By Topic

Evaluation of an algorithm for semiautomated segmentation of thin tissue layers in high-frequency ultrasound images

Sign In

Cookies must be enabled to login.After enabling cookies , please use refresh or reload or ctrl+f5 on the browser for the login options.

Formats Non-Member Member
$31 $13
Learn how you can qualify for the best price for this item!
Become an IEEE Member or Subscribe to
IEEE Xplore for exclusive pricing!
close button

puzzle piece

IEEE membership options for an individual and IEEE Xplore subscriptions for an organization offer the most affordable access to essential journal articles, conference papers, standards, eBooks, and eLearning courses.

Learn more about:

IEEE membership

IEEE Xplore subscriptions

4 Author(s)
Qiang Qiu ; Robarts Res. Inst., Western Ontario Univ., London, Ont., Canada ; Dunmore-Buyze, J. ; Boughner, D.R. ; Lacofield, J.C.

An algorithm consisting of speckle reduction by median filtering, contrast enhancement using top- and bottom-hat morphological filters, and segmentation with a discrete dynamic contour (DDC) model was implemented for nondestructive measurements of soft tissue layer thickness. Algorithm performance was evaluated by segmenting simulated images of three-layer phantoms and high-frequency (40 MHz) ultrasound images of porcine aortic valve cusps in vitro. The simulations demonstrated the necessity of the median and morphological filtering steps and enabled testing of user-specified parameters of the morphological filters and DDC model. In the experiments, six cusps were imaged in coronary perfusion solution (CPS) then in distilled water to test the algorithm's sensitivity to changes in the dimensions of thin tissue layers. Significant increases in the thickness of the fibrosa, spongiosa, arid ventricularis layers, by 53.5% (p < 0.001), 88.5% (p < 0.001), and 35.1% (p = 0.033), respectively, were observed when the specimens were submerged in water. The intraobserver coefficient of variation of repeated thickness estimates ranged from 0.044 for the fibrosa in water to 0.164 for the spongiosa in CPS. Segmentation accuracy and variability depended on the thickness and contrast of the layers, but the modest variability provides confidence in the thickness measurements.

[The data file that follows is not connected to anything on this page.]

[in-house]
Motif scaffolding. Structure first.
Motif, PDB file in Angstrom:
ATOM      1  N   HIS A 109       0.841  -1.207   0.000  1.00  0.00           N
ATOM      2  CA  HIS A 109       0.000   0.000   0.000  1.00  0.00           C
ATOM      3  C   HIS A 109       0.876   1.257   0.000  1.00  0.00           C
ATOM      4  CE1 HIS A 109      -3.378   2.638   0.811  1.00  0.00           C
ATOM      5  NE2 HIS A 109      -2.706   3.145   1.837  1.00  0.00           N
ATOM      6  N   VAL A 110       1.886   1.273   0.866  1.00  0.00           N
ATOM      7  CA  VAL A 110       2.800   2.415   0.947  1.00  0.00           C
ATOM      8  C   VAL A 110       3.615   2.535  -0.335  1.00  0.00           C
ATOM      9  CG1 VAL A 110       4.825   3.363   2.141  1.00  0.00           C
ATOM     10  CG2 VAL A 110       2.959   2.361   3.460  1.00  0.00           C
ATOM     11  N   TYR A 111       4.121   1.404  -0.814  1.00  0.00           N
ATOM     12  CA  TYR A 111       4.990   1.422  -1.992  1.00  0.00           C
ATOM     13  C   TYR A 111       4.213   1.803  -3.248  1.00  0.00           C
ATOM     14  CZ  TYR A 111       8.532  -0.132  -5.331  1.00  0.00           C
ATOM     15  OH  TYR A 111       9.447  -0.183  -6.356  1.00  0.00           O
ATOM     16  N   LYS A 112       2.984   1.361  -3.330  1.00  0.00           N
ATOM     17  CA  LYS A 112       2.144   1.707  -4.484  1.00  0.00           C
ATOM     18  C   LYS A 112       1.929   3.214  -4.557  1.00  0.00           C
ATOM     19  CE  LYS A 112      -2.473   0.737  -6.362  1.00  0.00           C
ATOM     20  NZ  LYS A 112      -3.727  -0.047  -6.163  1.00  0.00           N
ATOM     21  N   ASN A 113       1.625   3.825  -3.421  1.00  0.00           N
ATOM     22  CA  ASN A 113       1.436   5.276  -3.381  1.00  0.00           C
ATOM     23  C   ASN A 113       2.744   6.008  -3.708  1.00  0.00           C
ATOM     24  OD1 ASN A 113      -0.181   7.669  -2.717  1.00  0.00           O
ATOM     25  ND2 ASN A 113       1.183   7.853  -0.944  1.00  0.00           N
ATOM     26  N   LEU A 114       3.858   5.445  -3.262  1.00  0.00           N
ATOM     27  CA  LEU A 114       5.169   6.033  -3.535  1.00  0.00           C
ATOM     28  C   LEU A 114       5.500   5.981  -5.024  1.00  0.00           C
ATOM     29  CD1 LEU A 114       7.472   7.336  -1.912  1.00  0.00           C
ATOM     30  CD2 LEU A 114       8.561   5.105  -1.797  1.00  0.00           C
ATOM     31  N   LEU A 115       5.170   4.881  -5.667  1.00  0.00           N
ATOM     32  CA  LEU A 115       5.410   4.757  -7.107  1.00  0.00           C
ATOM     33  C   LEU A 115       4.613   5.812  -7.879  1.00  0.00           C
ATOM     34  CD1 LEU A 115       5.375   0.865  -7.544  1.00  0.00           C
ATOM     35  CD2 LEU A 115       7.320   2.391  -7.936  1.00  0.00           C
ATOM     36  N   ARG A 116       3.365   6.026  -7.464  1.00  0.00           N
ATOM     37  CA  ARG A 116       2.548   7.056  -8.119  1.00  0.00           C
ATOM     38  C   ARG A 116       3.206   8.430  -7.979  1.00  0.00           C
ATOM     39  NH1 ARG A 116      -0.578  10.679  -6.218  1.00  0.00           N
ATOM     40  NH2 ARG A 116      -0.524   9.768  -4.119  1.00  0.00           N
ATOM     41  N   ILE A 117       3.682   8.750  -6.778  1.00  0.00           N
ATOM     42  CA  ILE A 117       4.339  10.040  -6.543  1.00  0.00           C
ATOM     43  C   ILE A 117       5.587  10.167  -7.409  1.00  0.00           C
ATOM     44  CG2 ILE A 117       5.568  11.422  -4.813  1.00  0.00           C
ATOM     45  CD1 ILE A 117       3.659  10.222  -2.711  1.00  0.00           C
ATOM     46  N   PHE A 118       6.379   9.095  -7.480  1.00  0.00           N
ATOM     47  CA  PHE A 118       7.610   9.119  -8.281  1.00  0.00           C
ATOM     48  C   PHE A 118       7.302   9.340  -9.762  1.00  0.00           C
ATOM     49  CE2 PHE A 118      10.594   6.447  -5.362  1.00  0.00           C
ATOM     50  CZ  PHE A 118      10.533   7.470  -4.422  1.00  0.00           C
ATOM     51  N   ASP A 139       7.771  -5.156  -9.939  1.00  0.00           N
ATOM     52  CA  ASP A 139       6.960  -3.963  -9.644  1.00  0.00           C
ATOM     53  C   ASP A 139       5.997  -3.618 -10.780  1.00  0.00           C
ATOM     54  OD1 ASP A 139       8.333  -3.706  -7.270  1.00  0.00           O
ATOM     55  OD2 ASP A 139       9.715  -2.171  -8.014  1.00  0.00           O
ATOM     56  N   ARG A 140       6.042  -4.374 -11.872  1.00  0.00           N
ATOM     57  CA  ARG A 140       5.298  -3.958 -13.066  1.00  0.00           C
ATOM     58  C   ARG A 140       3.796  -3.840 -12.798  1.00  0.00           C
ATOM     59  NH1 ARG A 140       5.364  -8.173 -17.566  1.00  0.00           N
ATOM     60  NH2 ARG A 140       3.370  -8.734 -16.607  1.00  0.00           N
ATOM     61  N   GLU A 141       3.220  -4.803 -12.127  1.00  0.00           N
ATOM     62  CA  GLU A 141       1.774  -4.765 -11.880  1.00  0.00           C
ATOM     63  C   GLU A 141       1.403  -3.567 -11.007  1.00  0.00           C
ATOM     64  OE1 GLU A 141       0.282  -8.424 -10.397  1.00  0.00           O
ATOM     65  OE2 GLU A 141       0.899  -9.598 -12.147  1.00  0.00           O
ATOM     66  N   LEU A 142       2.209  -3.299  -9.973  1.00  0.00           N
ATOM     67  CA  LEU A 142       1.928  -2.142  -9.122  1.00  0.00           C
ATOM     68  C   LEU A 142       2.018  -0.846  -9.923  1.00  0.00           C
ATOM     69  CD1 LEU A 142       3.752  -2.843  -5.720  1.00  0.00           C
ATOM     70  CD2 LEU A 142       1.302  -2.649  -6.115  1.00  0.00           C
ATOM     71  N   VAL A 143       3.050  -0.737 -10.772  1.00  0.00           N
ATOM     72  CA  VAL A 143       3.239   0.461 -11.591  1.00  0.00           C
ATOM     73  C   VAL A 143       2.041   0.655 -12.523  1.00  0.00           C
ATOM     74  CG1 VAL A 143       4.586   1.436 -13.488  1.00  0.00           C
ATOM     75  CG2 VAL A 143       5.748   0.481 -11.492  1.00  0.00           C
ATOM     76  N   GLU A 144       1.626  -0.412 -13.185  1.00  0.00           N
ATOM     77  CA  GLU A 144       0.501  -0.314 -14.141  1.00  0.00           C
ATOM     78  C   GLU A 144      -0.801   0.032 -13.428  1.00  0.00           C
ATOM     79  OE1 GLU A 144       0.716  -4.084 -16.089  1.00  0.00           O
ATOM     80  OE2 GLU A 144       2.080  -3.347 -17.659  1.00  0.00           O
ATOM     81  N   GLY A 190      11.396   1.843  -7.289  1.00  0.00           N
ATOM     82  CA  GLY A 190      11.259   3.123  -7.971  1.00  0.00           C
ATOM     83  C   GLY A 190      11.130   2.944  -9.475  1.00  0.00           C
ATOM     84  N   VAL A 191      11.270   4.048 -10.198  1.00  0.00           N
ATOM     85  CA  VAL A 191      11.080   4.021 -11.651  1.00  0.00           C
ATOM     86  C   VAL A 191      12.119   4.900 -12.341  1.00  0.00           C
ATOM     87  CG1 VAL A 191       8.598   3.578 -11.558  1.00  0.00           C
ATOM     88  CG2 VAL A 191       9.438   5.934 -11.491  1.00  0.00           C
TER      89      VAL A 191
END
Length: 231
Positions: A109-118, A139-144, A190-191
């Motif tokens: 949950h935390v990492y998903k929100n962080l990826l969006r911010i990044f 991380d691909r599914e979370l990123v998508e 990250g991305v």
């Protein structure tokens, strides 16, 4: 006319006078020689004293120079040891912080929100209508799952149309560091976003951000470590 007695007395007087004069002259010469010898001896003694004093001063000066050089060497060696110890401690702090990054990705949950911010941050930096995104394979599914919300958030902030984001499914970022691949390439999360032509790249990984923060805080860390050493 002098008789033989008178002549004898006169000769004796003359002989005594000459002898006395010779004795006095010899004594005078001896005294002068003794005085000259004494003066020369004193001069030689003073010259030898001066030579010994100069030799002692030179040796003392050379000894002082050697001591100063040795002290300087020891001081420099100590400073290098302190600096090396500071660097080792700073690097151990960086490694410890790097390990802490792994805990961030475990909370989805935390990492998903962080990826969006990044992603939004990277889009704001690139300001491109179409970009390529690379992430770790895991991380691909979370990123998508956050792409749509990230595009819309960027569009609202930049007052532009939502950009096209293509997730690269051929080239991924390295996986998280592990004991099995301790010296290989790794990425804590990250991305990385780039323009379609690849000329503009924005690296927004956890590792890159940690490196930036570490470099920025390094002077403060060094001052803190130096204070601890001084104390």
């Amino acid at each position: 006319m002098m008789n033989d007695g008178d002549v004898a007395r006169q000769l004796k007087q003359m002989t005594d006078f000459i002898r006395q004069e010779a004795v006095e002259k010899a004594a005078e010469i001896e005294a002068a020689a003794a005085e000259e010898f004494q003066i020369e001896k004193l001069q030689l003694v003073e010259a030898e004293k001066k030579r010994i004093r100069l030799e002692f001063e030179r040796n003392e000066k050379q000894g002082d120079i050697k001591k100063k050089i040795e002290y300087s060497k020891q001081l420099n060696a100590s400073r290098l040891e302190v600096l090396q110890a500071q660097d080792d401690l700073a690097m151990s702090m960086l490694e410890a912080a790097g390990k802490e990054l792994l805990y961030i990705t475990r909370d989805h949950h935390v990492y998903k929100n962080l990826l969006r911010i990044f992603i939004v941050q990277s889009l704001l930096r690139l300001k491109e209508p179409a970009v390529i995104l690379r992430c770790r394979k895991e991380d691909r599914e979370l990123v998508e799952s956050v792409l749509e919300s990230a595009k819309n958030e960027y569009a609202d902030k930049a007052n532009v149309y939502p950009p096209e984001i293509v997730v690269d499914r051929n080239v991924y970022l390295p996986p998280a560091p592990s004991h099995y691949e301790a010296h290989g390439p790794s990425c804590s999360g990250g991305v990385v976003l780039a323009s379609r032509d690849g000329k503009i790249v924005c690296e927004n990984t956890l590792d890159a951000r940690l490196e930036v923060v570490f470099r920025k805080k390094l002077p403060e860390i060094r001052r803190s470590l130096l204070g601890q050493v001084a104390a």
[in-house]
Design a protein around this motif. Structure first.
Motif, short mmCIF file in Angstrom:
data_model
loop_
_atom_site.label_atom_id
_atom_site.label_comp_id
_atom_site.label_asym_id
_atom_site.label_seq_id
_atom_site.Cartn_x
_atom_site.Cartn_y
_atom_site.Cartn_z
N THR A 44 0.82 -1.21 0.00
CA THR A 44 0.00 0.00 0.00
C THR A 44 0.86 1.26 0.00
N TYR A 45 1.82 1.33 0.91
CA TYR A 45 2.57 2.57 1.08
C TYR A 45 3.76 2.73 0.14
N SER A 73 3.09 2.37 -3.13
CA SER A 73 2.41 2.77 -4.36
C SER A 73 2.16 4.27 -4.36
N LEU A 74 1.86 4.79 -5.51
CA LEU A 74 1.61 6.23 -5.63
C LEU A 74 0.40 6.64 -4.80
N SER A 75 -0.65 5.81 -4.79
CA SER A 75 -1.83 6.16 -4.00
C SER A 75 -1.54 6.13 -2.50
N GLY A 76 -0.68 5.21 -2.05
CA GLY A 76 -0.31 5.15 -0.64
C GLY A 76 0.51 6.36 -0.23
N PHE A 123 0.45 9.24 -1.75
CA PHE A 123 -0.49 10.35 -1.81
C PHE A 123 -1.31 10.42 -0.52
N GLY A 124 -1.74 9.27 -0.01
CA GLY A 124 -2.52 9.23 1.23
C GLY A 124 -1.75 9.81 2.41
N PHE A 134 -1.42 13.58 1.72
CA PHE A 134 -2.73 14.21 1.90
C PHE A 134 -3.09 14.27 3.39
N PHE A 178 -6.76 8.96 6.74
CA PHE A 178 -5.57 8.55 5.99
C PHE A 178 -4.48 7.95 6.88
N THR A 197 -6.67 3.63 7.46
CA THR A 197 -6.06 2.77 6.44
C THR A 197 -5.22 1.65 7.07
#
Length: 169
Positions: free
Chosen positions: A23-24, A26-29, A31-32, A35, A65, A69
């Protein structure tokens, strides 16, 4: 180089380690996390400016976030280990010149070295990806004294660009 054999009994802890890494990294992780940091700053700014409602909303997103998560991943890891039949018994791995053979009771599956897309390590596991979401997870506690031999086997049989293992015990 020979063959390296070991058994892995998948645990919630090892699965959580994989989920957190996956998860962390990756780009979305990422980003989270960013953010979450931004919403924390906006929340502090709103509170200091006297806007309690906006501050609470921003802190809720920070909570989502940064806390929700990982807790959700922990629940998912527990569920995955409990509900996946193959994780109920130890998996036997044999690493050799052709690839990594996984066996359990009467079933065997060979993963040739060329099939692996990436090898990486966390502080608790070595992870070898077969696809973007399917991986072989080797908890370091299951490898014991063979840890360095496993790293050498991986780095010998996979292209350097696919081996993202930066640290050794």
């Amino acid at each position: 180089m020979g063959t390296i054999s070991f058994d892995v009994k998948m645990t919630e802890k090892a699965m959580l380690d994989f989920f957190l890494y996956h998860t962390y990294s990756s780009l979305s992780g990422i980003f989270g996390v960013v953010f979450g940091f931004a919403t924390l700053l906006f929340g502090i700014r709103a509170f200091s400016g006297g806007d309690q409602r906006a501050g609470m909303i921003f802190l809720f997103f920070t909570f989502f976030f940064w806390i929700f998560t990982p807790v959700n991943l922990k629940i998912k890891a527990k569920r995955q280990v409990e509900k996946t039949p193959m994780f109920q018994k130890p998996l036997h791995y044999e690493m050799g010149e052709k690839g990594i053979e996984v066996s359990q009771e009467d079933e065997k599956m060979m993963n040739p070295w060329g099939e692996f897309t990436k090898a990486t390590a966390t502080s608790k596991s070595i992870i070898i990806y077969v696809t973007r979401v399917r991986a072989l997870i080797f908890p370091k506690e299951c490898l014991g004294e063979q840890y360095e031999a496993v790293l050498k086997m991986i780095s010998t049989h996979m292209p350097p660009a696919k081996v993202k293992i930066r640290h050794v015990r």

Published in:

Ultrasonics, Ferroelectrics, and Frequency Control, IEEE Transactions on  (Volume:53 ,  Issue: 2 )